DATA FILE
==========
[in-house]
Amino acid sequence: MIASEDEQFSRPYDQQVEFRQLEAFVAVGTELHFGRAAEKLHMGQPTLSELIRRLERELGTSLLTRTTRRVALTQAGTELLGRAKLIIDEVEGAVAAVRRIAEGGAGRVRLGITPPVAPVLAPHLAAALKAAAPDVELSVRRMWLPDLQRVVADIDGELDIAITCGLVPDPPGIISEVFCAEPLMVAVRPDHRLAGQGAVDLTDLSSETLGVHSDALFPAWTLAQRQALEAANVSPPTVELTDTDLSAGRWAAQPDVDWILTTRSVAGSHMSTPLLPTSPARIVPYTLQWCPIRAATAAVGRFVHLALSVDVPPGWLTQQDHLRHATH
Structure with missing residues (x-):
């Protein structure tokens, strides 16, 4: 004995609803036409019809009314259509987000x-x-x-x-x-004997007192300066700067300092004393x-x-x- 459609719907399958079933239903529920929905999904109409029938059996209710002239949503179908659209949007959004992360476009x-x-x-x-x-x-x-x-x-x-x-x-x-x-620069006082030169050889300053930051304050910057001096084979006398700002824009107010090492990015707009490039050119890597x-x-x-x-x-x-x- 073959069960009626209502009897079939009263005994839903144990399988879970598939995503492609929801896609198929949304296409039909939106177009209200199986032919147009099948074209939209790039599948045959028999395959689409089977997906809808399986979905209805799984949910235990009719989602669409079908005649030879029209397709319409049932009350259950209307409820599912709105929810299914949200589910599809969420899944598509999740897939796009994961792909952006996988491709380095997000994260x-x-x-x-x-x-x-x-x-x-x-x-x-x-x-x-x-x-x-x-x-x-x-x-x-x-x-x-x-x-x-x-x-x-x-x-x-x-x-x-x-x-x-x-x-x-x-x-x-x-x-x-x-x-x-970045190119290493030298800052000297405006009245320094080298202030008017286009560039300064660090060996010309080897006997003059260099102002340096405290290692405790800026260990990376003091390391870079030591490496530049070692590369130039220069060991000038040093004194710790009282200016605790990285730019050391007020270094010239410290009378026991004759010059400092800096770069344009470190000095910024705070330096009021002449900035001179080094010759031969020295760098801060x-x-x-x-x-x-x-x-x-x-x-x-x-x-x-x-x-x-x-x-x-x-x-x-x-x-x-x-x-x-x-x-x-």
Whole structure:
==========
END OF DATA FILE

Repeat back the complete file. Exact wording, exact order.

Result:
[in-house]
Amino acid sequence: MIASEDEQFSRPYDQQVEFRQLEAFVAVGTELHFGRAAEKLHMGQPTLSELIRRLERELGTSLLTRTTRRVALTQAGTELLGRAKLIIDEVEGAVAAVRRIAEGGAGRVRLGITPPVAPVLAPHLAAALKAAAPDVELSVRRMWLPDLQRVVADIDGELDIAITCGLVPDPPGIISEVFCAEPLMVAVRPDHRLAGQGAVDLTDLSSETLGVHSDALFPAWTLAQRQALEAANVSPPTVELTDTDLSAGRWAAQPDVDWILTTRSVAGSHMSTPLLPTSPARIVPYTLQWCPIRAATAAVGRFVHLALSVDVPPGWLTQQDHLRHATH
Structure with missing residues (x-):
């Protein structure tokens, strides 16, 4: 004995609803036409019809009314259509987000x-x-x-x-x-004997007192300066700067300092004393x-x-x- 459609719907399958079933239903529920929905999904109409029938059996209710002239949503179908659209949007959004992360476009x-x-x-x-x-x-x-x-x-x-x-x-x-x-620069006082030169050889300053930051304050910057001096084979006398700002824009107010090492990015707009490039050119890597x-x-x-x-x-x-x- 073959069960009626209502009897079939009263005994839903144990399988879970598939995503492609929801896609198929949304296409039909939106177009209200199986032919147009099948074209939209790039599948045959028999395959689409089977997906809808399986979905209805799984949910235990009719989602669409079908005649030879029209397709319409049932009350259950209307409820599912709105929810299914949200589910599809969420899944598509999740897939796009994961792909952006996988491709380095997000994260x-x-x-x-x-x-x-x-x-x-x-x-x-x-x-x-x-x-x-x-x-x-x-x-x-x-x-x-x-x-x-x-x-x-x-x-x-x-x-x-x-x-x-x-x-x-x-x-x-x-x-x-x-x-x-970045190119290493030298800052000297405006009245320094080298202030008017286009560039300064660090060996010309080897006997003059260099102002340096405290290692405790800026260990990376003091390391870079030591490496530049070692590369130039220069060991000038040093004194710790009282200016605790990285730019050391007020270094010239410290009378026991004759010059400092800096770069344009470190000095910024705070330096009021002449900035001179080094010759031969020295760098801060x-x-x-x-x-x-x-x-x-x-x-x-x-x-x-x-x-x-x-x-x-x-x-x-x-x-x-x-x-x-x-x-x-």
Whole structure: